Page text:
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Leverage vs. Feedback: Which Effect Drives the Oil Market ?

  • Chevallier, Julien
  • Aboura, Sofiane

This article brings new insights on the role played by (implied) volatility on the WTI crude oil spot price. An increase in the volatility subsequent to an increase in the oil price (i.e. inverse leverage effect) remains the dominant effect as it might reflect the fear of oil consumers to face rising oil prices. However, this effect is amplified by an increase in the oil price subsequent to an increase in the volatility (i.e. inverse feedback effect) with a two-day delayed effect. This lead-lag relation between the oil price and its volatility is determinant for any type of trading strategy based on futures and options on the OVX implied volatility index, and thus is of interest to traders, risk- and fund-managers.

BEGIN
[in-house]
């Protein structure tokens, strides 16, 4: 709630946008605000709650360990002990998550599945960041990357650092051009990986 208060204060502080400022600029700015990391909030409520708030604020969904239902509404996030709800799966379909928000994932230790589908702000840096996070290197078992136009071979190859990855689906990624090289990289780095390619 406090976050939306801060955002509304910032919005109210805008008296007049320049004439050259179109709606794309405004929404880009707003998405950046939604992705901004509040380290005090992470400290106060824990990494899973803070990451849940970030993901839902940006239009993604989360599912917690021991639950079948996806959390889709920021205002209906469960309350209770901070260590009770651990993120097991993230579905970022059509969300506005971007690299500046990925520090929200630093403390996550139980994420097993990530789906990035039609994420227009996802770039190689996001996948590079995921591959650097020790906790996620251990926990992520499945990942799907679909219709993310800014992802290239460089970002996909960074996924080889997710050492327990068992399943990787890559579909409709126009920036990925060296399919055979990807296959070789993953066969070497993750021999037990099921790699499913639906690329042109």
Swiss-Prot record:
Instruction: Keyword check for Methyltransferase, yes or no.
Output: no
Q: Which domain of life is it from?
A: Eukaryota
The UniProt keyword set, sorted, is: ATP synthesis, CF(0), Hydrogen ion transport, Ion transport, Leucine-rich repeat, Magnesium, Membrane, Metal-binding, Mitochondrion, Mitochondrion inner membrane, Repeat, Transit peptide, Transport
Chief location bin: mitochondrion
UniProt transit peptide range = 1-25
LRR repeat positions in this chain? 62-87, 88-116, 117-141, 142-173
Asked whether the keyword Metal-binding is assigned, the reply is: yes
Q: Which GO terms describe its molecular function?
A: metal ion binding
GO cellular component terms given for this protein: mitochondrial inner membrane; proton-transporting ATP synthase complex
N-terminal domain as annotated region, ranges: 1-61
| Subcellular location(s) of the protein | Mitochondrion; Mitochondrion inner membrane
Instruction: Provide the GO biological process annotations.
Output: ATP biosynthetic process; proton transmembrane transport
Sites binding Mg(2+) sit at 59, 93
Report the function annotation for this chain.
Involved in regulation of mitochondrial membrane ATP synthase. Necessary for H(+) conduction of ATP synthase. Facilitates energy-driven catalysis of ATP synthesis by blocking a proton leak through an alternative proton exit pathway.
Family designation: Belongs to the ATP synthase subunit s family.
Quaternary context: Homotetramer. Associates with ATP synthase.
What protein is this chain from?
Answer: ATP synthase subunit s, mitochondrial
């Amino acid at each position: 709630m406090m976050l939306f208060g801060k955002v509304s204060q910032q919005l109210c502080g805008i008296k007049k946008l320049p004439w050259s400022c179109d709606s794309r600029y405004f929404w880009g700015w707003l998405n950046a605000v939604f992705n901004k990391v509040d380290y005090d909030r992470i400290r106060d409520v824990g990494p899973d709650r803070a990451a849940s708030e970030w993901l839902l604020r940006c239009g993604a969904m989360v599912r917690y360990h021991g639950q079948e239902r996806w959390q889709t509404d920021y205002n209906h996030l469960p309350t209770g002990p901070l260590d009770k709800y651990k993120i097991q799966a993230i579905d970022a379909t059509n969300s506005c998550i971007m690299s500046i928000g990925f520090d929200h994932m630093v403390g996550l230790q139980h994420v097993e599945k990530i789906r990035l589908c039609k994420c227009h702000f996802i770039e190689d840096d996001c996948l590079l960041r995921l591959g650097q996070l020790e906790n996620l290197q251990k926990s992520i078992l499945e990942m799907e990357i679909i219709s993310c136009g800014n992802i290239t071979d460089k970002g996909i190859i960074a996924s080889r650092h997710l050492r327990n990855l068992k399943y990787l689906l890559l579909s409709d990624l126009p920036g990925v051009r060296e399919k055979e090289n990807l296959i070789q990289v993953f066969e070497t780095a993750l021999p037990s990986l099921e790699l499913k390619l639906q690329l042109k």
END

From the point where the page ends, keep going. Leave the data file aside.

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Paper provided by Paris Dauphine University in its series Economics Papers from University Paris Dauphine with number 123456789/9860.

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Date of creation: Sep 2013
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Publication status: Published in Finance Research Letters, 2013, Vol. 10, no. 3. pp. 131-141.Length: 10 pages
Handle: RePEc:dau:papers:123456789/9860
Contact details of provider: Web page: http://www.dauphine.fr/en/welcome.html

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  1. Anderson, Torben G. & Bollerslev, Tim & Diebold, Francis X. & Labys, Paul, 2002. "Modeling and Forecasting Realized Volatility," Working Papers 02-12, Duke University, Department of Economics.
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